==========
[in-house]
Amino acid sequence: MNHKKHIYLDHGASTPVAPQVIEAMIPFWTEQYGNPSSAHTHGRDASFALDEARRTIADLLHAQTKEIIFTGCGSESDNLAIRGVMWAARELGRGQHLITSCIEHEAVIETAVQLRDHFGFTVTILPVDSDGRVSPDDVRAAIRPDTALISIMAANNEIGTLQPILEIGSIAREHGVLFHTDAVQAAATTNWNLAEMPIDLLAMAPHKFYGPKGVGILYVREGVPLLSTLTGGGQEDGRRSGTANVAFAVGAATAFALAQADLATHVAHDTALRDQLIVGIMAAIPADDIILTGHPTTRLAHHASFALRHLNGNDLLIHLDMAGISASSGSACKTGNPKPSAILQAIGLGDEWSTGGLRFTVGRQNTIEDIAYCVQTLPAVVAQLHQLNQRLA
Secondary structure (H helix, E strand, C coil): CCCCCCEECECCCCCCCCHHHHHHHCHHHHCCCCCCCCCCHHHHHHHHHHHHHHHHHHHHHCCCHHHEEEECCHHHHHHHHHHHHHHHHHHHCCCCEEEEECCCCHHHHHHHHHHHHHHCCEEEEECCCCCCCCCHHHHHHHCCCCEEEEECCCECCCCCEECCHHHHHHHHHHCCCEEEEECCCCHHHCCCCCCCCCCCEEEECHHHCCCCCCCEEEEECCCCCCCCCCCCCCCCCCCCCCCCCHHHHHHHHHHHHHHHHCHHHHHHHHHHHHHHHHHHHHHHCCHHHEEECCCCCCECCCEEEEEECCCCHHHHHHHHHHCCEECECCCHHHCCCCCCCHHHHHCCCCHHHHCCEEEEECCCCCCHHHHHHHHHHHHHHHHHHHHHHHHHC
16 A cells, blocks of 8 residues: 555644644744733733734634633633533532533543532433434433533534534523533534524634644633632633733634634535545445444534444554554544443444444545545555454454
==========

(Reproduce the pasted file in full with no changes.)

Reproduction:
[in-house]
Amino acid sequence: MNHKKHIYLDHGASTPVAPQVIEAMIPFWTEQYGNPSSAHTHGRDASFALDEARRTIADLLHAQTKEIIFTGCGSESDNLAIRGVMWAARELGRGQHLITSCIEHEAVIETAVQLRDHFGFTVTILPVDSDGRVSPDDVRAAIRPDTALISIMAANNEIGTLQPILEIGSIAREHGVLFHTDAVQAAATTNWNLAEMPIDLLAMAPHKFYGPKGVGILYVREGVPLLSTLTGGGQEDGRRSGTANVAFAVGAATAFALAQADLATHVAHDTALRDQLIVGIMAAIPADDIILTGHPTTRLAHHASFALRHLNGNDLLIHLDMAGISASSGSACKTGNPKPSAILQAIGLGDEWSTGGLRFTVGRQNTIEDIAYCVQTLPAVVAQLHQLNQRLA
Secondary structure (H helix, E strand, C coil): CCCCCCEECECCCCCCCCHHHHHHHCHHHHCCCCCCCCCCHHHHHHHHHHHHHHHHHHHHHCCCHHHEEEECCHHHHHHHHHHHHHHHHHHHCCCCEEEEECCCCHHHHHHHHHHHHHHCCEEEEECCCCCCCCCHHHHHHHCCCCEEEEECCCECCCCCEECCHHHHHHHHHHCCCEEEEECCCCHHHCCCCCCCCCCCEEEECHHHCCCCCCCEEEEECCCCCCCCCCCCCCCCCCCCCCCCCHHHHHHHHHHHHHHHHCHHHHHHHHHHHHHHHHHHHHHHCCHHHEEECCCCCCECCCEEEEEECCCCHHHHHHHHHHCCEECECCCHHHCCCCCCCHHHHHCCCCHHHHCCEEEEECCCCCCHHHHHHHHHHHHHHHHHHHHHHHHHC
16 A cells, blocks of 8 residues: 555644644744733733734634633633533532533543532433434433533534534523533534524634644633632633733634634535545445444534444554554544443444444545545555454454